waysworld"Max" Maxted is a WWI veteran and former POW who plans to open a flight school on the family property. When his father dies under mysterious circumstances in Paris at the peace talks, Max is determined to get to the bottom of it. Although by the end of the book many questions are answered, more have arisen to make us early anticipate book two of this trilogy. What was Max's father really raising money for? What is the secret of Max's birth? Will his pill of a brother and sister-in-law get their comeuppance?

The Ways of the World by Robert Goddard is a throwback to those 1930s and early forties movies, often, but not always by Hitchcock, where an innocent man gets pulled into a web of espionage and hidden societies. Think The 39 Steps, The Lady Vanishes, or Ministry of Fear.
IPPL Staff

Missing Reels by Farran Smith Nehme (2014)

missingreelsCeinwen Reilly is a transplant to the Big Apple where her minimum wage job at a vintage clothing shop funds her classic movie habit and her propensity for dressing like a 1920s film star. When she gets wind of a long missing silent movie directed by a mysterious, long forgotten German director and starring her elderly downstairs neighbor, Ceinwin becomes determined to track down the missing reels.

If you love old movies and romances with Englishmen named Matthew, this is the book for you. If not, many of the allusions to old movies might leave you bewildered. Interested? Find a copy of Missing Reels by Farran Smith Nehme today.
IPPL Staff

Wind at My Back. The Complete Series (1996-2001)

This Canadian series ran for five seasons from 1996-2001. Set during the Great Depression in small town Ontario, Wind at My Back could be described as the Canadian version of The Waltons.

The Bailey family owns and controls the local mine in New Bedford, Ontario, and May Bailey, the family matriarch, controls the Bailey family. When her estranged son moves back home with his wife and children, May does all she can to control them, too. As the years pass, May can never quite lose her controlling ways, but daughter Grace and grandsons Hub and Fat each manages to find their own way. This is a delightful family story, sometimes funny, sometimes poignant, and full of wonderful characters.
IPPL Staff

The English Garden by Cecily Brown and Jim Lewis (2015)

englishgardenI chose The English Garden for the art (by Cecily Brown) but really enjoyed it for the story (by Jim Lewis). Both the artwork and the story were good and could stand on their own. I was expecting more like Monet and Brown's work is more modern. The story is a great short story that takes you on a journey with the main character, Trevor. You’ll keep turning each page for more; the story ends perfectly, leaving the reader wanting more.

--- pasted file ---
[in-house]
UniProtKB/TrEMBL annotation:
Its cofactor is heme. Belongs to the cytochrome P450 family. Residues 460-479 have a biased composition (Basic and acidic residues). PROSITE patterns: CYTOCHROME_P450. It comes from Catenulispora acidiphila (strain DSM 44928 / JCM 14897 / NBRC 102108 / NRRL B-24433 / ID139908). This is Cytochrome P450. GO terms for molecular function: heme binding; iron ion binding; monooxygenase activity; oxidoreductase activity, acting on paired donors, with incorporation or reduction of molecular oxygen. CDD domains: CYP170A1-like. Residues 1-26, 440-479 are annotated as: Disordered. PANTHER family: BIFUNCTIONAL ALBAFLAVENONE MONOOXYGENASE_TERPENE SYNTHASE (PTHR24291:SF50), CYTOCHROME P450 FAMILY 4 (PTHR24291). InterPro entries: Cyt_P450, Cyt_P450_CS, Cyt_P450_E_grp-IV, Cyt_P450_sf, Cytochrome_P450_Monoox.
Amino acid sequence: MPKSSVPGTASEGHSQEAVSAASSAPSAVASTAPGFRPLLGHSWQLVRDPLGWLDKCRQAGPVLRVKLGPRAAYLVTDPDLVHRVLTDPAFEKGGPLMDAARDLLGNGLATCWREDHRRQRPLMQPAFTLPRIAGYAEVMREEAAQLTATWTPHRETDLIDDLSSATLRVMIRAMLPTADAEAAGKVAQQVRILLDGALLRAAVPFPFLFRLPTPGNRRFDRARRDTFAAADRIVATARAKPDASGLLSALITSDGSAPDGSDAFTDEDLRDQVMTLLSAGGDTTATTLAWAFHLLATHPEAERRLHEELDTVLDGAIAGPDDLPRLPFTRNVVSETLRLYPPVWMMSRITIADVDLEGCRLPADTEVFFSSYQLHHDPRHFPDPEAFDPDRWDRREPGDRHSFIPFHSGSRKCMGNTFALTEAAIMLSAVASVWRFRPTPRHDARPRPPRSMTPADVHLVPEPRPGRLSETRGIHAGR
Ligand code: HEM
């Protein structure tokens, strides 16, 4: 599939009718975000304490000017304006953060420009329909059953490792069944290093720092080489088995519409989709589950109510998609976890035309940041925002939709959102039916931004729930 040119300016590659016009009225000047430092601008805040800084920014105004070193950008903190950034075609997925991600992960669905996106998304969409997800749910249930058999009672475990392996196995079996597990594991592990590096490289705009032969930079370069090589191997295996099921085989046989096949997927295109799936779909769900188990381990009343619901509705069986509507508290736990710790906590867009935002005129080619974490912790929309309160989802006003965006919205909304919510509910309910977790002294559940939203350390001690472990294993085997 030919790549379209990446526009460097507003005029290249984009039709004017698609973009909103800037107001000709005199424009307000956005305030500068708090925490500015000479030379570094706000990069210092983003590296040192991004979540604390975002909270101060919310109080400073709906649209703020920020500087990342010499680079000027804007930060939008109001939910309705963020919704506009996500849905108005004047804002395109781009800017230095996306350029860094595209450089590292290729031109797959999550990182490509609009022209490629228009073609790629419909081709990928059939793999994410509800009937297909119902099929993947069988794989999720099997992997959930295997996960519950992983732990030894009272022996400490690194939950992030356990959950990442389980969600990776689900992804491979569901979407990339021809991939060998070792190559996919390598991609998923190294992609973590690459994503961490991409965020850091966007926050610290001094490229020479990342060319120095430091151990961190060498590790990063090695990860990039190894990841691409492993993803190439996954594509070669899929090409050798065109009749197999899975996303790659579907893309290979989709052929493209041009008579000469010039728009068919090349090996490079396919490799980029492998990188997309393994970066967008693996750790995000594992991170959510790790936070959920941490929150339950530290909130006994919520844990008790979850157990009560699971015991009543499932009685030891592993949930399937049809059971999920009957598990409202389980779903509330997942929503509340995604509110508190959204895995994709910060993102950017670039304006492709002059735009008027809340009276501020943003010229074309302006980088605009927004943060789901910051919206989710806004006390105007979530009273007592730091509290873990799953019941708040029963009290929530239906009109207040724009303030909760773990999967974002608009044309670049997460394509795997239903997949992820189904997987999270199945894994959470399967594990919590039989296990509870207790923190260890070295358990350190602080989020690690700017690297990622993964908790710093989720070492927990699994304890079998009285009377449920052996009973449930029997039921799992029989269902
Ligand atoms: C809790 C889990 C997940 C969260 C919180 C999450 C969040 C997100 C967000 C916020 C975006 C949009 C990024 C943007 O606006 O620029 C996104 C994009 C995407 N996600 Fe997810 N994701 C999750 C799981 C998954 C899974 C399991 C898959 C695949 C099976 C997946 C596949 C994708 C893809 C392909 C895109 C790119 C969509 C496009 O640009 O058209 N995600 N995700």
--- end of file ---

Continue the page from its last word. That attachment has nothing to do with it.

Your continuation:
IPPL Staff

Angels in the Outfield (1951)

angelsIn this baseball comedy, Guffy McGovern (Paul Douglas), the manager of a very awful Pittsburgh Pirates team, is foul mouthed, hated by his players, ridiculed by the fans, and regularly badmouthed by the Pirates radio announcer (Keenan Wynn). Newspaper reporter Jennifer Paige (Janet Leigh) is assigned to cover the Pirates and give a woman’s perspective on the team. When she initially tries to interview McGovern, he gives her a very impolite brushoff.

A short time later, an angel contacts McGovern, and tells him that someone has been praying for him and the Pirates. If McGovern can control his temper, the angel and some of his friends will help the Pirates win a few games. McGovern agrees and suddenly this heretofore awful Pirates team are playing great baseball.

Bridget White (Donna Corcoran), an orphan who is hoping to be adopted, has been praying for the Pirates. One day, the girls at the orphanage are brought to the ballpark by two nuns (played by longtime character actors Spring Byington and Ellen Corby). During the game, Bridget witnesses the angels helping the Pirates. Nobody else can see the angels. Paige writes a story about Bridget, which causes a lot of complications for all involved. But it also leads to lot of good things including an unlikely romance between McGovern and Paige.

Angels in the Outfield has a lot of laughs and a lot of heart, plus a few cameo appearances by Bing Crosby, baseball greats Ty Cobb and Joe DiMaggio, and famous songwriter Harry Ruby. It also has some stock footage showing old Comiskey Park.

This is my favorite baseball movie and I hope you enjoy it too. You can also peruse our list of other baseball films.
IPPL Staff

Miss Fisher’s Murder Mysteries